Since 1979, Honda has led the way in the realm of off-road dirt-bike-style motorcycles. The Honda XR 185, XR 250, and XR 500, along with other popular models, all provided power, durability, and style to dirt bike enthusiasts. In 1982 and 1992, Honda released the XR 600 series. These bikes proved extremely popular, especially after desert racers Johnny Campbell and Scott Summers won several Baja races on their XR 600s. In the year 2000, Honda released the XR 650 as a replacement in the line-up for the XR 600. However, Honda did more than simply update the 600 series. The Honda 650R was a completely redesigned motorcycle with a unique frame and a brand new, liquid-cooled, four-stroke engine. The Honda XR 650L, on the other hand, is quite different from the 650R. In fact, the 650L is more similar in style and function to the XR 600. Honda designed the 650R for racing, while the XR 600L is a dual-purpose machine that was made for off-road or city driving.
The Honda XR series is defined by the 2008 XR 650L. Many motorcycle enthusiasts are disappointed in bikes that are advertised as dual-purpose machines. In the attempt to make a bike fit into more than one category, dual-purpose motorcycles often disappoint all around. However, the Honda XR 650L is the exception to this rule. On dirt tracks, the knobby tires, high seat, and adjustable suspension make the Honda XR 650L an enjoyable bike to ride. On test rides, the motorcycle scored well, displaying great ground clearance that enabled riders to easily clear trail obstructions. The engine delivered excellent torque and power, especially on gravel and dirt tracks. However, off the beaten path, test drivers told a different story. Riders observed that the XR 650L seemed very top-heavy and difficult to balance at slow speeds. When dealing with tight turns and typical cross-country terrain, the XR 650L felt a bit awkward. Additionally, the 37-inch seat height made the XR 650L challenging for shorter riders. However, test riders said that overall, the XR 650L is a good motorcycle for weekend dirt biking.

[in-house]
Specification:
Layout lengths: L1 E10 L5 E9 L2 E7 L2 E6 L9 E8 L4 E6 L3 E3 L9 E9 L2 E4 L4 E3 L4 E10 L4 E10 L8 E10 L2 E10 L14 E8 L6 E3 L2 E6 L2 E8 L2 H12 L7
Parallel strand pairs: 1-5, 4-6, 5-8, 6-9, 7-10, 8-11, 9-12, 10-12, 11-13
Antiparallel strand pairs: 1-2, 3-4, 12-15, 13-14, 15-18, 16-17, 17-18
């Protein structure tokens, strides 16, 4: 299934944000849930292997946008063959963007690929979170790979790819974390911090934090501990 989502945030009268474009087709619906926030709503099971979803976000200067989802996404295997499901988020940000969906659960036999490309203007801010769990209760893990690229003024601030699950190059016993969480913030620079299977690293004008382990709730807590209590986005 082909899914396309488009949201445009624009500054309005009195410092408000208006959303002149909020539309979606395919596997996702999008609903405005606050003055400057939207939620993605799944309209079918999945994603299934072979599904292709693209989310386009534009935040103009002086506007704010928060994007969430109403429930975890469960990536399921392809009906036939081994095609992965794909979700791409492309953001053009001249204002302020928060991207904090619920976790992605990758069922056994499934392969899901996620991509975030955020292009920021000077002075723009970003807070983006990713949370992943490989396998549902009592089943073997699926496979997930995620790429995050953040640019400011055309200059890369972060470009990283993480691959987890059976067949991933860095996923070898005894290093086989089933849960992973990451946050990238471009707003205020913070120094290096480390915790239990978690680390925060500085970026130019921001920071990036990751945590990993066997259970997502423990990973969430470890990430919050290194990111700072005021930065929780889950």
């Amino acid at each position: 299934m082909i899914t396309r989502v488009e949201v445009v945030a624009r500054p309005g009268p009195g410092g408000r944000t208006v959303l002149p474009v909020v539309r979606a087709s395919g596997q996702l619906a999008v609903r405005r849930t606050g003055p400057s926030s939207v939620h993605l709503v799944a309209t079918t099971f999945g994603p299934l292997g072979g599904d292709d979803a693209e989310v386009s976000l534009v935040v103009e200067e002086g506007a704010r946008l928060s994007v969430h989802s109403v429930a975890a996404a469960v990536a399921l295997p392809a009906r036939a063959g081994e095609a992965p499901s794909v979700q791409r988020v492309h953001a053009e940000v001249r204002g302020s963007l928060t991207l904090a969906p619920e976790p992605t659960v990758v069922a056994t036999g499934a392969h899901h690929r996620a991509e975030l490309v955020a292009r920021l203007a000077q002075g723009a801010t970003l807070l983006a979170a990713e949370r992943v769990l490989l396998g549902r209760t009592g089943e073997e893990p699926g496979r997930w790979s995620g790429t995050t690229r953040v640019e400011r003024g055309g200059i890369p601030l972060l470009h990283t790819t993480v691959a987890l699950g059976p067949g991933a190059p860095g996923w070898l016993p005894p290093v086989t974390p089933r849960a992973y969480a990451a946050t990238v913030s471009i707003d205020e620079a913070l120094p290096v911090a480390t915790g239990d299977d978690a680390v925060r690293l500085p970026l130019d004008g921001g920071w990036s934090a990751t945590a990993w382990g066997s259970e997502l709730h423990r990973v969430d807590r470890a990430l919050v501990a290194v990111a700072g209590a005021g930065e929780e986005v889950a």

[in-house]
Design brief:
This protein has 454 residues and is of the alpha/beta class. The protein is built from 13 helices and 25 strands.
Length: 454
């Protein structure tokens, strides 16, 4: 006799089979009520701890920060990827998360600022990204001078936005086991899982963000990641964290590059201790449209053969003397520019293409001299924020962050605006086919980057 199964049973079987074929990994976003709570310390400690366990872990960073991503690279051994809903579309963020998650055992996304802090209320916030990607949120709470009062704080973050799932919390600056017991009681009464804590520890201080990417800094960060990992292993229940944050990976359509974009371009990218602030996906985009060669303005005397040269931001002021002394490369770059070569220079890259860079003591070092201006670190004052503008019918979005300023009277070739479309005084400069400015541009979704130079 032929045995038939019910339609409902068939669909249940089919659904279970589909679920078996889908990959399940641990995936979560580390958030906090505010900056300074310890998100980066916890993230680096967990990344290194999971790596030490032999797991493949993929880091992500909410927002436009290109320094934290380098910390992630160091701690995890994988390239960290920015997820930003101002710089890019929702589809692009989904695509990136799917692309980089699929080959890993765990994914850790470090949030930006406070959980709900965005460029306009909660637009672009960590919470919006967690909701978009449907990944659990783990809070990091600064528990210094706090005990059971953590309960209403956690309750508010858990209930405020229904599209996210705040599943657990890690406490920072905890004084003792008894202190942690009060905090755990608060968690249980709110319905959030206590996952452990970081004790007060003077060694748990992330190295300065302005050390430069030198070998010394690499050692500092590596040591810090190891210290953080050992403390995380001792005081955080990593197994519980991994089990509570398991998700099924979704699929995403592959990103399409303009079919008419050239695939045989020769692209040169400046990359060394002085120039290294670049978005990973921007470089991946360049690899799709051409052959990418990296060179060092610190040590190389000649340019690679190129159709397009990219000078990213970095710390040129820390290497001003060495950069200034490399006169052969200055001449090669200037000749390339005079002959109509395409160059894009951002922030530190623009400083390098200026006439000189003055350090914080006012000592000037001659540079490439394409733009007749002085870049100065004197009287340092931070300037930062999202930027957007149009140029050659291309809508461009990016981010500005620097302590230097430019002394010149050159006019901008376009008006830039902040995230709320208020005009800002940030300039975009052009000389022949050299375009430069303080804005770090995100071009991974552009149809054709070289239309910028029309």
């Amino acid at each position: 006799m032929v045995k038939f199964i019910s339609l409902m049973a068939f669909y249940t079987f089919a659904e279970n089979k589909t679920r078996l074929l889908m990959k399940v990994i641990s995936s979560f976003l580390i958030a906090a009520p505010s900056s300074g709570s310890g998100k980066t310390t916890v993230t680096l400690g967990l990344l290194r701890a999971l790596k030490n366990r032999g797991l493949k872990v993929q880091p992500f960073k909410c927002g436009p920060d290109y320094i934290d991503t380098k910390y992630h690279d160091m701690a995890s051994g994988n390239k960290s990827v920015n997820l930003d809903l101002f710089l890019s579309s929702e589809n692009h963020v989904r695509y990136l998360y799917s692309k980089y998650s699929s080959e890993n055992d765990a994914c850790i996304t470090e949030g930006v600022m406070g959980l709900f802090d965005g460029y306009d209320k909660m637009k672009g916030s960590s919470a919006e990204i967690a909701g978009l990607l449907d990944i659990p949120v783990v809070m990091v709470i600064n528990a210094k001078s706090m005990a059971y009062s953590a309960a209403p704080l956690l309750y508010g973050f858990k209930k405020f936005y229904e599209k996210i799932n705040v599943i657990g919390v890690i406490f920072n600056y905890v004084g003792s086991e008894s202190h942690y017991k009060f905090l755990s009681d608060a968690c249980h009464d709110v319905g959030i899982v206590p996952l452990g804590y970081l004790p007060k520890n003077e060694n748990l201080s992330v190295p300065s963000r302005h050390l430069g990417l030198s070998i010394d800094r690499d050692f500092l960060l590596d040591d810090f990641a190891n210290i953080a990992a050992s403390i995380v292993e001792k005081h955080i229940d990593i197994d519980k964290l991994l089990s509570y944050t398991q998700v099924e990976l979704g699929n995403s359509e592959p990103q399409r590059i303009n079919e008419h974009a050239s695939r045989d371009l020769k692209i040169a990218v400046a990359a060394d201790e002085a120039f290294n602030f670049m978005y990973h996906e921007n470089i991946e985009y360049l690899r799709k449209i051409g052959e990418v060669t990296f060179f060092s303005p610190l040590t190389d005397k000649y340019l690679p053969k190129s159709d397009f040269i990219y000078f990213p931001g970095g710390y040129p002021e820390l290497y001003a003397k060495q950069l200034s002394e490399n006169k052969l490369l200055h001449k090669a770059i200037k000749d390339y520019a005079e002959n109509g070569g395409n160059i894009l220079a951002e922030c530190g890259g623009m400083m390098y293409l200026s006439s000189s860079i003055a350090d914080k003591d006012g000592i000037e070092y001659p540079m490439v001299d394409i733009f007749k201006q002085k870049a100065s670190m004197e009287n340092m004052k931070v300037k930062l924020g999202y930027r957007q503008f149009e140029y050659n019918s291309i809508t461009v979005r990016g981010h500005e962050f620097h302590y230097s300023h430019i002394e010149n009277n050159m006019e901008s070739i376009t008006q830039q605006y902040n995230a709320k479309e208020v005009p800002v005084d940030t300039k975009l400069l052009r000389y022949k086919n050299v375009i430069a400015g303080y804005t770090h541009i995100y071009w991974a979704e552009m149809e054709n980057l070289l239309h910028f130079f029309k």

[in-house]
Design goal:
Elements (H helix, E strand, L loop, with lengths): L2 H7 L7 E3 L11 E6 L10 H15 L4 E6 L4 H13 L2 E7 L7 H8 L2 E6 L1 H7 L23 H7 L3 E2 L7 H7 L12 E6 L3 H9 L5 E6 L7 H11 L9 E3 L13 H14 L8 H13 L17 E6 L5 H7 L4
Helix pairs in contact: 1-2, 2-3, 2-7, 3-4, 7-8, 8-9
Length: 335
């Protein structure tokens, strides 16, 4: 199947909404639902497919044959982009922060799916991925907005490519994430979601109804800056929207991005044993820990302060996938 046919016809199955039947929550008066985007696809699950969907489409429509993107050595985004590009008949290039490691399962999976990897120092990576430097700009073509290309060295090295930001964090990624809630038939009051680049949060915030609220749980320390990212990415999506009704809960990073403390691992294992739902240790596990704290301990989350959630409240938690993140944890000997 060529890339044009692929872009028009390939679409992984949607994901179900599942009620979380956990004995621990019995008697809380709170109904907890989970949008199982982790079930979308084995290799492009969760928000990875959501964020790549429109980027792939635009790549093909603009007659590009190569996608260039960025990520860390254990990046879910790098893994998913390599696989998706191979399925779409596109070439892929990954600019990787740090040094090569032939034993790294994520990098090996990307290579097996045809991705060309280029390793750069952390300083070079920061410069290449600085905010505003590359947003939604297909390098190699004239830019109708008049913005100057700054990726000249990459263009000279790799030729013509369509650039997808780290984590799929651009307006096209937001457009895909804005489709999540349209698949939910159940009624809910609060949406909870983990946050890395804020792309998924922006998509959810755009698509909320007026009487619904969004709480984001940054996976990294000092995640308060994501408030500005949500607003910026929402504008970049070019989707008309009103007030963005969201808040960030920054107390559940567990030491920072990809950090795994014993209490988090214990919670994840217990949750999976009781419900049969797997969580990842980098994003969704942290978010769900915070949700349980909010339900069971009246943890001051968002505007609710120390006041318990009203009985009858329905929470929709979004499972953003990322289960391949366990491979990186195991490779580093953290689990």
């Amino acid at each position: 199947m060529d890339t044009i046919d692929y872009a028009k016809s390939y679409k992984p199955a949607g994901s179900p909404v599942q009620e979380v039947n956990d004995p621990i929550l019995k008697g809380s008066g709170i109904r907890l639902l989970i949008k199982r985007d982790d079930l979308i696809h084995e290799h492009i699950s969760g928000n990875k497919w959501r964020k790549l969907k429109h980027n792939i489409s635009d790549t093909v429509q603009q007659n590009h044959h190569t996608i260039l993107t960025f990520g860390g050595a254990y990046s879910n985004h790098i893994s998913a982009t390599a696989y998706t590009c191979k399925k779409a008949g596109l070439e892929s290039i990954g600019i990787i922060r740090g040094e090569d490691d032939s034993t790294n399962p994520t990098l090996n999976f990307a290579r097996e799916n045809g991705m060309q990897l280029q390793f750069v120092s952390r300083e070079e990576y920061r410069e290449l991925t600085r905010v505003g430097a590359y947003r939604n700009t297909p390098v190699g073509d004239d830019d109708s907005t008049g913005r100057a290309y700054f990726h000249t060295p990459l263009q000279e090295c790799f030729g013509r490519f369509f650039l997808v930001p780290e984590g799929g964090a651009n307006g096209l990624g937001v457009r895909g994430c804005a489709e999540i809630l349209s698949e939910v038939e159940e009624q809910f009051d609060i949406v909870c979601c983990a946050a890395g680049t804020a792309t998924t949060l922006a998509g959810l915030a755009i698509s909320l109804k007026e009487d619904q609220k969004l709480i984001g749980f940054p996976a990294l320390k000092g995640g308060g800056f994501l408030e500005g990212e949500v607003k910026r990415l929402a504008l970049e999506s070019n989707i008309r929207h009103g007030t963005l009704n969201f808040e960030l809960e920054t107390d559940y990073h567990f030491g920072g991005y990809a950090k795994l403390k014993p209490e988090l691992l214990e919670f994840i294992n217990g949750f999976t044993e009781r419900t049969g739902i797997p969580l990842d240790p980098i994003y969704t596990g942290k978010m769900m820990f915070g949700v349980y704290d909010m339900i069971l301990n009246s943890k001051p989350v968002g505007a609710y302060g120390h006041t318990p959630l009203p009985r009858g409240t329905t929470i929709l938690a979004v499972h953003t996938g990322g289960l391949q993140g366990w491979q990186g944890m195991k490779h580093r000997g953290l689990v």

On city streets, the Honda XR 650L did not disappoint either. Test drivers were pleasantly surprised to find that a bike that performed so well off-road was just as much fun in town. The suspension and frame handled the pavement well, and the geometry of the bike ensured that the motorcycle approached curves and turns with finesse. The XR 650L produced much less vibration than anticipated at highway speeds. The only negative noted was that the ergonomics of the seat and handlebars of the Honda XR 650L are very uncomfortable for long-distance driving. Additionally, the small gas tank guarantees that motorcyclists will not be taking this bike on cross-country interstate trips.